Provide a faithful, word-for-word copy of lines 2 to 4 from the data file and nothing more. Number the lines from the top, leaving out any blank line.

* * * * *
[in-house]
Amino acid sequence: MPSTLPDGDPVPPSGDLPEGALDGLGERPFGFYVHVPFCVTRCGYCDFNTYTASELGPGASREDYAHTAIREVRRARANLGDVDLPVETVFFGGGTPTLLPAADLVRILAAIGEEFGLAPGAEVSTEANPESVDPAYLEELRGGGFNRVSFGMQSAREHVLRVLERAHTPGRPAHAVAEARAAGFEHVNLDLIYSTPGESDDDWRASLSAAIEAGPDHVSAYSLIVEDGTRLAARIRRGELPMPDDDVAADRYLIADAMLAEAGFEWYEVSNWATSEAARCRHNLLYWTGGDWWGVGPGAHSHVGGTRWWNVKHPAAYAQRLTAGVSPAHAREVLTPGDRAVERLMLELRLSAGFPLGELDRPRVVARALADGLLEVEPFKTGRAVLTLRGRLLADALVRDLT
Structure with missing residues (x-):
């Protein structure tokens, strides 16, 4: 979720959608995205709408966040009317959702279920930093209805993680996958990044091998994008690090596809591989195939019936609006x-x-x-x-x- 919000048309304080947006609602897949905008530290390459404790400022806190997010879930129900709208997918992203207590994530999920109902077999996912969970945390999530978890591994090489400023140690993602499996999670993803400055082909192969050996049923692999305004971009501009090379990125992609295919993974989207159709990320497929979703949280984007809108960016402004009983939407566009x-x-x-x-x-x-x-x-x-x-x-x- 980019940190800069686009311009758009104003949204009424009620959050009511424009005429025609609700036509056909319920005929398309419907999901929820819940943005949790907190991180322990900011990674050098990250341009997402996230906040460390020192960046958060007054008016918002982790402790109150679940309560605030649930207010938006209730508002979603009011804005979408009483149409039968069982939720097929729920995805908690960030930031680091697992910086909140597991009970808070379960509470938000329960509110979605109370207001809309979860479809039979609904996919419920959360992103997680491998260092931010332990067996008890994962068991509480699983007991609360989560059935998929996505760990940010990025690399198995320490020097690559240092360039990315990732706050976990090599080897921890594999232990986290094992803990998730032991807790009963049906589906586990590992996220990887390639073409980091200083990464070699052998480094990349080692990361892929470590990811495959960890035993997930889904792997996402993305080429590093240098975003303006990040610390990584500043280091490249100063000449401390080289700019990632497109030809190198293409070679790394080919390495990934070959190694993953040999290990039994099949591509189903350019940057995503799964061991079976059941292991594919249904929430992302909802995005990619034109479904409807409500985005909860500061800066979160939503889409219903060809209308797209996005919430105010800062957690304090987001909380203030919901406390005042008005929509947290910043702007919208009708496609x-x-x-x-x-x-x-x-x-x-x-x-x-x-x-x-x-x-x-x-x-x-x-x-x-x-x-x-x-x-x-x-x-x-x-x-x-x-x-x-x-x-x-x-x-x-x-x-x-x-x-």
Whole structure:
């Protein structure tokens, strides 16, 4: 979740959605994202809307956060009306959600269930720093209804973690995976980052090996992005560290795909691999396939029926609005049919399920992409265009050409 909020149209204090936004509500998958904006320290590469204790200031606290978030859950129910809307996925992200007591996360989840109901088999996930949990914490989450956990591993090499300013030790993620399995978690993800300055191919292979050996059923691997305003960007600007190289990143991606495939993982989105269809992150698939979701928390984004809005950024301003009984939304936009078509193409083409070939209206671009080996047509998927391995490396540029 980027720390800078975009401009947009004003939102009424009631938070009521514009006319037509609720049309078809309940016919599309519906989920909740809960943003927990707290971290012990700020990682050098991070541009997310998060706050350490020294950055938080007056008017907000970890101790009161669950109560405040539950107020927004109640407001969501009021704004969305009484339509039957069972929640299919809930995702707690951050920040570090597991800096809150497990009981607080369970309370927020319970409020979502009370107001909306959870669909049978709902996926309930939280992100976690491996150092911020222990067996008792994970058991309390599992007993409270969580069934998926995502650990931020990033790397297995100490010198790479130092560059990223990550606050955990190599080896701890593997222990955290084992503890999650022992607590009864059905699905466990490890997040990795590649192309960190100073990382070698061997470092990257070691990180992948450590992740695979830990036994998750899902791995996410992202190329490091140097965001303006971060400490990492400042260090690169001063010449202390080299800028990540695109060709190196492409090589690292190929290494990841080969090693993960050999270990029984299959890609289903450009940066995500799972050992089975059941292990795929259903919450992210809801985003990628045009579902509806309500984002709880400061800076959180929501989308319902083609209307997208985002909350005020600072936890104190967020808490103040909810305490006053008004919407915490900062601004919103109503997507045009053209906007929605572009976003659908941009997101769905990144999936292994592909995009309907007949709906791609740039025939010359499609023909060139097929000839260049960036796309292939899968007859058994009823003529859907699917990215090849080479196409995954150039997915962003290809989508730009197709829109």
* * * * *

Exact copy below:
Amino acid sequence: MPSTLPDGDPVPPSGDLPEGALDGLGERPFGFYVHVPFCVTRCGYCDFNTYTASELGPGASREDYAHTAIREVRRARANLGDVDLPVETVFFGGGTPTLLPAADLVRILAAIGEEFGLAPGAEVSTEANPESVDPAYLEELRGGGFNRVSFGMQSAREHVLRVLERAHTPGRPAHAVAEARAAGFEHVNLDLIYSTPGESDDDWRASLSAAIEAGPDHVSAYSLIVEDGTRLAARIRRGELPMPDDDVAADRYLIADAMLAEAGFEWYEVSNWATSEAARCRHNLLYWTGGDWWGVGPGAHSHVGGTRWWNVKHPAAYAQRLTAGVSPAHAREVLTPGDRAVERLMLELRLSAGFPLGELDRPRVVARALADGLLEVEPFKTGRAVLTLRGRLLADALVRDLT
Structure with missing residues (x-):
């Protein structure tokens, strides 16, 4: 979720959608995205709408966040009317959702279920930093209805993680996958990044091998994008690090596809591989195939019936609006x-x-x-x-x- 919000048309304080947006609602897949905008530290390459404790400022806190997010879930129900709208997918992203207590994530999920109902077999996912969970945390999530978890591994090489400023140690993602499996999670993803400055082909192969050996049923692999305004971009501009090379990125992609295919993974989207159709990320497929979703949280984007809108960016402004009983939407566009x-x-x-x-x-x-x-x-x-x-x-x- 980019940190800069686009311009758009104003949204009424009620959050009511424009005429025609609700036509056909319920005929398309419907999901929820819940943005949790907190991180322990900011990674050098990250341009997402996230906040460390020192960046958060007054008016918002982790402790109150679940309560605030649930207010938006209730508002979603009011804005979408009483149409039968069982939720097929729920995805908690960030930031680091697992910086909140597991009970808070379960509470938000329960509110979605109370207001809309979860479809039979609904996919419920959360992103997680491998260092931010332990067996008890994962068991509480699983007991609360989560059935998929996505760990940010990025690399198995320490020097690559240092360039990315990732706050976990090599080897921890594999232990986290094992803990998730032991807790009963049906589906586990590992996220990887390639073409980091200083990464070699052998480094990349080692990361892929470590990811495959960890035993997930889904792997996402993305080429590093240098975003303006990040610390990584500043280091490249100063000449401390080289700019990632497109030809190198293409070679790394080919390495990934070959190694993953040999290990039994099949591509189903350019940057995503799964061991079976059941292991594919249904929430992302909802995005990619034109479904409807409500985005909860500061800066979160939503889409219903060809209308797209996005919430105010800062957690304090987001909380203030919901406390005042008005929509947290910043702007919208009708496609x-x-x-x-x-x-x-x-x-x-x-x-x-x-x-x-x-x-x-x-x-x-x-x-x-x-x-x-x-x-x-x-x-x-x-x-x-x-x-x-x-x-x-x-x-x-x-x-x-x-x-």